Telephone activity analysis involves the identification of illicit operations, and supervisors and their subordinates through telephone profiles. Conventional telephone activity reports display the notes and plant numbers related to each telephone number. If a number occurs in other plant or subject files, which plants and subjects are announced automatically. Financial activity can be combined, sorted and key-word searched for one or more subjects. An account number that appears in another financial plant is also automatically announced. For example, common money laundering methods often display various database indicia. Universal pattern and association searches are conventionally used to combine telephone, surveillance, financial and mail activity, and then to look for any systematic patterns and links. Relational links between a subject, a group, a business, etc., are displayed.
The Institute for Intergovernmental Research (Tallahassee, FL), markets a research specialized software for law enforcement agencies under the name CRIMINAL INTELLIGENCE SYSTEM FOR MICROCOMPUTERS (CIS). Law enforcement agencies are supposed to be able to organize and access information on individual suspects or suspect organizations in an easy to follow format. The CIS program can accept up to seventy-two elements of information on individuals, or forty elements for organizations. CIS groups similar data together for both onscreen viewing and printed reports. Information about individuals is categorized into personal information, alias/moniker, associates, criminal activity, and vehicle information. Organizations are categorized into organization information, criminal activity, and vehicle information. Such organizations can comprise either a business or group suspected of criminal activity. CIS allows access, modifications, additions, and printing of the information. Full or partial descriptions can be entered for most searches, and up to nine elements can be combined to create a personalized search. CIS database records can be transferred between microcomputers, for record sharing within a department or between agencies.
The importance of this invention is that the concept of a map of the datapoints can be extended to other kinds of databases. For example, in a different embodiment of the invention, the files from a seized computer can be datapoints. A metric is defined and the distance between two files is computed. This leads to the construction of the map of datapoints. This concept can also be applied to commercial applications such as transportation, retail sales and marketing.
An object of the present invention is to provide a database tool for extracting systematic information from very large communication connection log databases and business inventory databases.
A further object of the present invention is to provide a database tool that displays relationships between database elements as proportional distances between clickable hypertext points in a two or three dimensional graphic space.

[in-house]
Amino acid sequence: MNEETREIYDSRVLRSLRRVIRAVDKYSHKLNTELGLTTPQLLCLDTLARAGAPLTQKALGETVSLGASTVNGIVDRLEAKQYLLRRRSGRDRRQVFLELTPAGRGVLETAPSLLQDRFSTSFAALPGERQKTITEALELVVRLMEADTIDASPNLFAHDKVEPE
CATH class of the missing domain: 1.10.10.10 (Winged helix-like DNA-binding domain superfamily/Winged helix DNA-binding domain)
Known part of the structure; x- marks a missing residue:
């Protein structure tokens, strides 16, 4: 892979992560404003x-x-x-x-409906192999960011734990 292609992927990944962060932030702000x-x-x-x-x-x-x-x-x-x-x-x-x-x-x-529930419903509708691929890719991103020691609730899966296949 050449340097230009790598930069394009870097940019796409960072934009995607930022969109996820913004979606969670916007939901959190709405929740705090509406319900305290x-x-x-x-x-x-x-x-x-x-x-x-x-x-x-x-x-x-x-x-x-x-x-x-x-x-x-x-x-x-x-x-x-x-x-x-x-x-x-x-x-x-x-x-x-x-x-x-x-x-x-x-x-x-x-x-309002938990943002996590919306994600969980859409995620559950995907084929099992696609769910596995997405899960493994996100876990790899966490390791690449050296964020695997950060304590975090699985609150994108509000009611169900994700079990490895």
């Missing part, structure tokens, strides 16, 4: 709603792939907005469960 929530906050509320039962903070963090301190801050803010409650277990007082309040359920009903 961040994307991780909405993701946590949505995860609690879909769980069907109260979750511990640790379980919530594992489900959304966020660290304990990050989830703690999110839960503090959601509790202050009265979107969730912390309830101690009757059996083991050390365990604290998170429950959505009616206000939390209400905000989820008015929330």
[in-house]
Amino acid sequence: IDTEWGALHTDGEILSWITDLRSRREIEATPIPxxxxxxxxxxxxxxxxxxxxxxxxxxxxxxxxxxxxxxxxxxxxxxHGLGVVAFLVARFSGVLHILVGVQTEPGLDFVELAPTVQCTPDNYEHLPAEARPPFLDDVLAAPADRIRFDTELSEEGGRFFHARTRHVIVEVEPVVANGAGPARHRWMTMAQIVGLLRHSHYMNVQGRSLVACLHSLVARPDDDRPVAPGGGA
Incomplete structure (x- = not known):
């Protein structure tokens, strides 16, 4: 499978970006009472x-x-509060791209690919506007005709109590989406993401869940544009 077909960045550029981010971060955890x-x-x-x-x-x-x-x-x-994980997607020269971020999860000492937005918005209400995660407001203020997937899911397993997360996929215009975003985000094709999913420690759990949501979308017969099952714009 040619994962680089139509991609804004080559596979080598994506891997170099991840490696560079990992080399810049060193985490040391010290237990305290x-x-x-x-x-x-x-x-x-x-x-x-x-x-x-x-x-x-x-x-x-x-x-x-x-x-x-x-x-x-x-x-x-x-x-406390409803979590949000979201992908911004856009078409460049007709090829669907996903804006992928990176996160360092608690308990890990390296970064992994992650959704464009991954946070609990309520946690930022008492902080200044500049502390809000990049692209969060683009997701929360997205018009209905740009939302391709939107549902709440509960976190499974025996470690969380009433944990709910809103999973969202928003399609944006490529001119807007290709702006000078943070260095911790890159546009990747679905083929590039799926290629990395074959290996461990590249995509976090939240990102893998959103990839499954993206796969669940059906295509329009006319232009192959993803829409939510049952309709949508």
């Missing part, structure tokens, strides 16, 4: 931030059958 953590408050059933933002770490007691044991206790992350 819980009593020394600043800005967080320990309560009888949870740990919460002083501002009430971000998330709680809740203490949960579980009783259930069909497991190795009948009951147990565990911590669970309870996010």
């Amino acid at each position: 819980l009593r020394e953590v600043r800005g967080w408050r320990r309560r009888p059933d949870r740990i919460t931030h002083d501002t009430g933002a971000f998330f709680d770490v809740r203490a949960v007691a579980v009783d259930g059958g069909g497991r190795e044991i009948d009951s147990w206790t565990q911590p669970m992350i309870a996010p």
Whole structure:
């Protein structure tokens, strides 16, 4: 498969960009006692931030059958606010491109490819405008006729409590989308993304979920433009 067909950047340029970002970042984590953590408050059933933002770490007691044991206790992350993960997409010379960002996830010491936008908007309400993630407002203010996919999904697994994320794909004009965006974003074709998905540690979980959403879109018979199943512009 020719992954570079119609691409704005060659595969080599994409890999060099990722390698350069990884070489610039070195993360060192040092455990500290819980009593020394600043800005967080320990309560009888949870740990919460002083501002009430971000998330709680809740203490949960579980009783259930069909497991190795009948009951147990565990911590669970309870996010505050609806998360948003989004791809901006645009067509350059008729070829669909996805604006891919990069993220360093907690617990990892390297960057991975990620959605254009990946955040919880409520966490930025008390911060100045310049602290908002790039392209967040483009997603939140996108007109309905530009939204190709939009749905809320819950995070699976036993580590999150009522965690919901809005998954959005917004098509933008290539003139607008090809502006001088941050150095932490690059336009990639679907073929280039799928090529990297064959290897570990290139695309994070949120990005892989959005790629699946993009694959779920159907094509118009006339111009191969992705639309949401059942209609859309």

Another object of the present invention is to provide a law enforcement tool for analyzing large databases for obscure relationships amongst database entries.
A still further object of the present invention is to provide an interactive database browser that automatically displays relationships from the point of view of particular database elements, with the closeness of such relationships displayed as proportional distances between clickable hypertext points in a two or three dimensional graphic space.
Briefly, a database tool embodiment of the present invention comprises a computer-implemented method for extracting systematic information from one or more databases that apparently only comprise data noise or seemingly unrelated data items. Criminal and community relationships that exist amongst telephone subscribers are extracted from large telephone databases derived from wire taps and/or long distance telephone records. A telephone records file is used that comprises a caller's telephone number, dialed telephone numbers, and the time and date. A second database comprises a list of telephone numbers which are suspicious for some reason, and a descriptor as to why each such telephone number is suspicious. A third database includes biographical data about the telephone subscribers, such as name, address, and other facts. The unique telephone numbers in the database are identified. Matches between the first and second databases are made. Related components are grouped into clusters. The valence for each telephone number is computed. The relational distances between each pair of telephone numbers in a cluster are determined. The telephone numbers are represented as points in the x,y-plane of a display, with the distance between the points representing the strength of the relationship based on call frequency and other criteria. An interactive interface is provided for the user to click on items to see the background information associated with each point.
An advantage of the present invention is that a database tool is provided that is capable of detecting the evasive techniques used by criminals. Such evasive techniques can include the purchasing of a cellular phone, using it for a week, and then discarding it.